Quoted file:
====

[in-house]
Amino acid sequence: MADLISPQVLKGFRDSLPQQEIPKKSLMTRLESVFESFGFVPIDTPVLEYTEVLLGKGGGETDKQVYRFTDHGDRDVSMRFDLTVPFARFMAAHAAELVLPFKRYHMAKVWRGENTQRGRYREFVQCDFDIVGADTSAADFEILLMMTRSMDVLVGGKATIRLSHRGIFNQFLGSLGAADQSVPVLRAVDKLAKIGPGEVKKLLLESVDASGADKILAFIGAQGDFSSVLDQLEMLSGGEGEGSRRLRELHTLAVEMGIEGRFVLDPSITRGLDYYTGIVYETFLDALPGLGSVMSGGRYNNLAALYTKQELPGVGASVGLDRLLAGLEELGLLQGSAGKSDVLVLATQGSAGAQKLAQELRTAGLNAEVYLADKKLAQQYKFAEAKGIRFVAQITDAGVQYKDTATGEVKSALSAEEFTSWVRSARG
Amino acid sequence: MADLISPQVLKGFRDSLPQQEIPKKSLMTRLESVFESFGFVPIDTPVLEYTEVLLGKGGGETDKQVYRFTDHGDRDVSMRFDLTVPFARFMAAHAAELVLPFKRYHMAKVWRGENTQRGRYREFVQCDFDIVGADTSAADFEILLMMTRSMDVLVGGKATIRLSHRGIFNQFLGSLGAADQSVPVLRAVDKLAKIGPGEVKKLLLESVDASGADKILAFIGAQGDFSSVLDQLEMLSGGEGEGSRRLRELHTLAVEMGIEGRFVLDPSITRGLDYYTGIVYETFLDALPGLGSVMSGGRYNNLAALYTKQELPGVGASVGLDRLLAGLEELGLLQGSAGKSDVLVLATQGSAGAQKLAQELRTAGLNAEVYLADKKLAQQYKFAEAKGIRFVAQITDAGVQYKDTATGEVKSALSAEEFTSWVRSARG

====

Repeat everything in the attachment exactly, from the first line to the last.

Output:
[in-house]
Amino acid sequence: MADLISPQVLKGFRDSLPQQEIPKKSLMTRLESVFESFGFVPIDTPVLEYTEVLLGKGGGETDKQVYRFTDHGDRDVSMRFDLTVPFARFMAAHAAELVLPFKRYHMAKVWRGENTQRGRYREFVQCDFDIVGADTSAADFEILLMMTRSMDVLVGGKATIRLSHRGIFNQFLGSLGAADQSVPVLRAVDKLAKIGPGEVKKLLLESVDASGADKILAFIGAQGDFSSVLDQLEMLSGGEGEGSRRLRELHTLAVEMGIEGRFVLDPSITRGLDYYTGIVYETFLDALPGLGSVMSGGRYNNLAALYTKQELPGVGASVGLDRLLAGLEELGLLQGSAGKSDVLVLATQGSAGAQKLAQELRTAGLNAEVYLADKKLAQQYKFAEAKGIRFVAQITDAGVQYKDTATGEVKSALSAEEFTSWVRSARG
Amino acid sequence: MADLISPQVLKGFRDSLPQQEIPKKSLMTRLESVFESFGFVPIDTPVLEYTEVLLGKGGGETDKQVYRFTDHGDRDVSMRFDLTVPFARFMAAHAAELVLPFKRYHMAKVWRGENTQRGRYREFVQCDFDIVGADTSAADFEILLMMTRSMDVLVGGKATIRLSHRGIFNQFLGSLGAADQSVPVLRAVDKLAKIGPGEVKKLLLESVDASGADKILAFIGAQGDFSSVLDQLEMLSGGEGEGSRRLRELHTLAVEMGIEGRFVLDPSITRGLDYYTGIVYETFLDALPGLGSVMSGGRYNNLAALYTKQELPGVGASVGLDRLLAGLEELGLLQGSAGKSDVLVLATQGSAGAQKLAQELRTAGLNAEVYLADKKLAQQYKFAEAKGIRFVAQITDAGVQYKDTATGEVKSALSAEEFTSWVRSARG